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A Structural Investigation of Chlorine-Containing and Fluorine-Containing Oxide Glasses Using Molecular Dynamics, Neutron Diffraction, and X-ray Absorption Spectroscopy

Swansbury, Laura Ann (2017) A Structural Investigation of Chlorine-Containing and Fluorine-Containing Oxide Glasses Using Molecular Dynamics, Neutron Diffraction, and X-ray Absorption Spectroscopy. Doctor of Philosophy (PhD) thesis, University of Kent,. (Access to this publication is currently restricted. You may be able to access a copy if URLs are provided) (KAR id:65765)

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Language: English

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Abstract

Scientific developments have enabled glasses to fulfil an array of applications, from windows to bioactive glasses in regenerative medicine. To further exploit the capability of this versatile material, it is imperative that their structure is understood. In this thesis, the structure of three glass systems containing halides as anions were investigated. The first of these was the intermediate glass former ZnCl2 which was modelled computationally using classical molecular dynamics (MD). The addition of the adiabatic core-shell model was able to account for anion polarisability. This enabled the first fully tetrahedral model of ZnCl2 glass to be attained. While 86% of the ZnCl4 tetrahedral units were corner-sharing, 14% were found to be edge-sharing. The calculated total neutron and x-ray structure factors closely replicated those obtained experimentally in other works. The intermediate glass former ZnCl2 was later compared to the strong glass former SiO2. The main contribution in the first sharp diffraction peaks came from the cation-anion contribution, rather than the cation-cation contribution as previously reported.

Next to be investigated was a CaO-SiO2-CaCl2 glass series. This was to help elucidate the structure of more complex CaO-SiO2-P2O5-CaCl2 chlorine-containing bioactive glass compositions. A glass series was synthesised by collaborators, and compositional analysis in this work revealed that chlorine losses via chlorine volatilisation occurred as HCl. The glass series was studied experimentally using neutron diffraction (ND) and x-ray absorption spectroscopy (XAS) at the Ca and Cl K-edge. By probing the calcium environment using ND and XAS, generally good agreement between the Ca-O and Ca-Cl coordination numbers was achieved. The total correlation functions from neutron diffraction did not exhibit a noticeable contribution around 2.1Å which would have been expected for Si-Cl bonding. Computational modelling was performed using MD with the addition of the adiabatic core-shell model. No Si-Cl bonding was observed, and the calculated total neutron structure factors closely resembled those obtained experimentally. The glass models were found to become phase separated with increasing CaCl2 content to form a biphasic system of calcium silicate and calcium chloride phases. Interestingly, there was a tendency towards phase separation even in glass models containing small amounts of CaCl2.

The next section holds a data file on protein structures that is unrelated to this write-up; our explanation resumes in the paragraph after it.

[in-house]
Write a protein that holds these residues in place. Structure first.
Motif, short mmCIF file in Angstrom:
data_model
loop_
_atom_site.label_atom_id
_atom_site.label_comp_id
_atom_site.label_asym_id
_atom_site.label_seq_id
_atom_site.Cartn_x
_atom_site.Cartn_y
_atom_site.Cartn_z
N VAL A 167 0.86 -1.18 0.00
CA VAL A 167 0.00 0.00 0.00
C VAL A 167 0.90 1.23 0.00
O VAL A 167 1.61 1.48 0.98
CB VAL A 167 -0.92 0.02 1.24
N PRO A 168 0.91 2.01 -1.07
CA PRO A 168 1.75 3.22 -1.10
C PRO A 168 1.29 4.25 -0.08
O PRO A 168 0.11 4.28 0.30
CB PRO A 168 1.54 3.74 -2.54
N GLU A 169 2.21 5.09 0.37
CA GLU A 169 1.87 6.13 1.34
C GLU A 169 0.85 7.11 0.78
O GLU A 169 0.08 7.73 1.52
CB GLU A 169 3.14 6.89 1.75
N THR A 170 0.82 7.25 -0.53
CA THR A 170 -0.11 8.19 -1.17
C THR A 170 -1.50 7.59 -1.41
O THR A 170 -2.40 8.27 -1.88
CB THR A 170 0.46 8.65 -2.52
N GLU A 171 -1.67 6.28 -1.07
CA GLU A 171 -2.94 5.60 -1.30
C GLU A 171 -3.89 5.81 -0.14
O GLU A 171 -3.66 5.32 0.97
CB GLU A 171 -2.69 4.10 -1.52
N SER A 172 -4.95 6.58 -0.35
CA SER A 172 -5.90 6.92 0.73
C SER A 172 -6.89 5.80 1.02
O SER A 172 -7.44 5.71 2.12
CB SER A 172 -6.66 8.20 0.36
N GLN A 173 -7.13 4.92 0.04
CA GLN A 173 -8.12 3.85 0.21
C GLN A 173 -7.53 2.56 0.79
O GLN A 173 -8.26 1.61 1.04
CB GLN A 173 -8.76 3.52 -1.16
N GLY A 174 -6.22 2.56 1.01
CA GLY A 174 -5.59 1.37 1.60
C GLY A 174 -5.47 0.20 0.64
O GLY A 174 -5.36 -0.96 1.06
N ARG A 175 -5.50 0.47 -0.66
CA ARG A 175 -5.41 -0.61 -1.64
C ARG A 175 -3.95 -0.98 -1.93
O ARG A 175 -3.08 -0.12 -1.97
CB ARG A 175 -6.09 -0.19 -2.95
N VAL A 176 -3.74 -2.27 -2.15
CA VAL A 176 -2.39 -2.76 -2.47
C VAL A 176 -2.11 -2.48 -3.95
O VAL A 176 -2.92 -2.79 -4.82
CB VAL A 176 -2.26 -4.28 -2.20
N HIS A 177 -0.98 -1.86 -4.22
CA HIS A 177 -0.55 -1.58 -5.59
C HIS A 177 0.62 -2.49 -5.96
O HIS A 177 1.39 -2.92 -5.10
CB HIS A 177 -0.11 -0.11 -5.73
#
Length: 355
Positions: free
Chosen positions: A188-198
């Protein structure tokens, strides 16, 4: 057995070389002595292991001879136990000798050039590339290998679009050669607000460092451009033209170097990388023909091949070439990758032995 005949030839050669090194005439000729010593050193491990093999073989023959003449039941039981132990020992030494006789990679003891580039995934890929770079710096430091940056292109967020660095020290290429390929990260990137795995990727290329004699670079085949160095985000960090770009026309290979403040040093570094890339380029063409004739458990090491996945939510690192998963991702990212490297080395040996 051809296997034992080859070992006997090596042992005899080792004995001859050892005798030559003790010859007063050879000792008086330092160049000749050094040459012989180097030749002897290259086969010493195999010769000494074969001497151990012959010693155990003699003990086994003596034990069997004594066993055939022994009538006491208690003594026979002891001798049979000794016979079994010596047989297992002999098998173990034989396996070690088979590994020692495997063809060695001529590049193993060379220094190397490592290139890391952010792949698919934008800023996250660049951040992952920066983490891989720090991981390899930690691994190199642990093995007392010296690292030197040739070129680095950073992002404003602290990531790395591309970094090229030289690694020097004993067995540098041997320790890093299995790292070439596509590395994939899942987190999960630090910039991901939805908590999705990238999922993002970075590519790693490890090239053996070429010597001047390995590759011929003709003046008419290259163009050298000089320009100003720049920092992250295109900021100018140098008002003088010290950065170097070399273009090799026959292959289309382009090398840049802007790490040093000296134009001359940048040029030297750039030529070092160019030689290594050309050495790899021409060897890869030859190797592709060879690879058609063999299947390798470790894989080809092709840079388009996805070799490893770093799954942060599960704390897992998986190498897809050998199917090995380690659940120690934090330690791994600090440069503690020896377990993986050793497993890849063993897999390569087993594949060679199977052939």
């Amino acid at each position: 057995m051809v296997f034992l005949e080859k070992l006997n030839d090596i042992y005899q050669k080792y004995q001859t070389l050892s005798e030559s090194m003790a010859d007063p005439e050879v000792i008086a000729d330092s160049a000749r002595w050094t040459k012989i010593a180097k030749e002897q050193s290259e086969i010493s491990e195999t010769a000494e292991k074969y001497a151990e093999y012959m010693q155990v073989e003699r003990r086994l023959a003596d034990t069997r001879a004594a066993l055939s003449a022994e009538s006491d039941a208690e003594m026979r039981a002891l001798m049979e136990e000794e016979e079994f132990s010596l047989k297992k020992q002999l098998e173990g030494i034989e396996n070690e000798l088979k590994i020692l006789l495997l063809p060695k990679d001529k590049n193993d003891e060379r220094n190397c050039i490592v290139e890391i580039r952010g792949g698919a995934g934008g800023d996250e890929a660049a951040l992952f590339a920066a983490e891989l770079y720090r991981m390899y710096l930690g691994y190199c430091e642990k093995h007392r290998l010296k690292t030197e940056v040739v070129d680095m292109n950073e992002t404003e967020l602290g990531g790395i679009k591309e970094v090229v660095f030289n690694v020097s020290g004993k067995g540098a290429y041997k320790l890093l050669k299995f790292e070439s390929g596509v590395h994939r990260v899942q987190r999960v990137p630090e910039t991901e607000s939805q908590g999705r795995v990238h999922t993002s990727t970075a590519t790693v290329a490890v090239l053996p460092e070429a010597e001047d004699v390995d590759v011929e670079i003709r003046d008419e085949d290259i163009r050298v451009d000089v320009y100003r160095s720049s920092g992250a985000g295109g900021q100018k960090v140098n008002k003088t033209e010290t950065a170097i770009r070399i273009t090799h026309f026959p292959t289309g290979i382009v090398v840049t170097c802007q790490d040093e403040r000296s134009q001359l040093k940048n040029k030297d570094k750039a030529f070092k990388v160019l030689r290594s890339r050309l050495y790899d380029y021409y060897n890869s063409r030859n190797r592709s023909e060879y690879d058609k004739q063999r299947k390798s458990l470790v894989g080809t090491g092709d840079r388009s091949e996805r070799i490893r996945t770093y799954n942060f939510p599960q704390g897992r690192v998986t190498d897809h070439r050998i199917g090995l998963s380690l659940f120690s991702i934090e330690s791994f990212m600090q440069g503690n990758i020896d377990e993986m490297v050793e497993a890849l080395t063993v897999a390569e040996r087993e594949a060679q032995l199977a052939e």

The remaining glass system, CaO-SiO2-CaF2, was studied to help elucidate the structure of more complex CaO-SiO2-P2O5-CaF2 fluorine-containing bioactive glasses. Following the synthesis of the CaO-SiO2-CaF2 glass series, compositional analysis revealed that fluorine losses due to fluorine volatilisation occurred as HF. The calcium environment of the glasses was probed using ND and XAS at the Ca K-edge. Distinguishing the overlapping Ca-F and Ca-O paths around 2.3Å and 2.4Å respectively was challenging. The glass series was modelled computationally using MD with the addition of the adiabatic core-shell model. The calculated total neutron structure factors closely replicated those from experiment. The glass models also revealed that while fluorine ions overwhelmingly bond with calcium ions, small amounts of Si-F bonding are observed which conceivably cannot be resolved experimentally.

Item Type: Thesis (Doctor of Philosophy (PhD))
Thesis advisor: Mountjoy, Gavin
Uncontrolled keywords: Oxide; Glasses; Halides; Classical Molecular Dynamics; Core-shell Model; X-ray Absorption; Spectroscopy Neutron Diffraction.
Divisions: Faculties > Sciences > School of Physical Sciences
SWORD Depositor: System Moodle
Depositing User: System Moodle
Date Deposited: 22 Jan 2018 11:12 UTC
Last Modified: 27 Jan 2020 04:09 UTC
Resource URI: https://kar.kent.ac.uk/id/eprint/65765 (The current URI for this page, for reference purposes)
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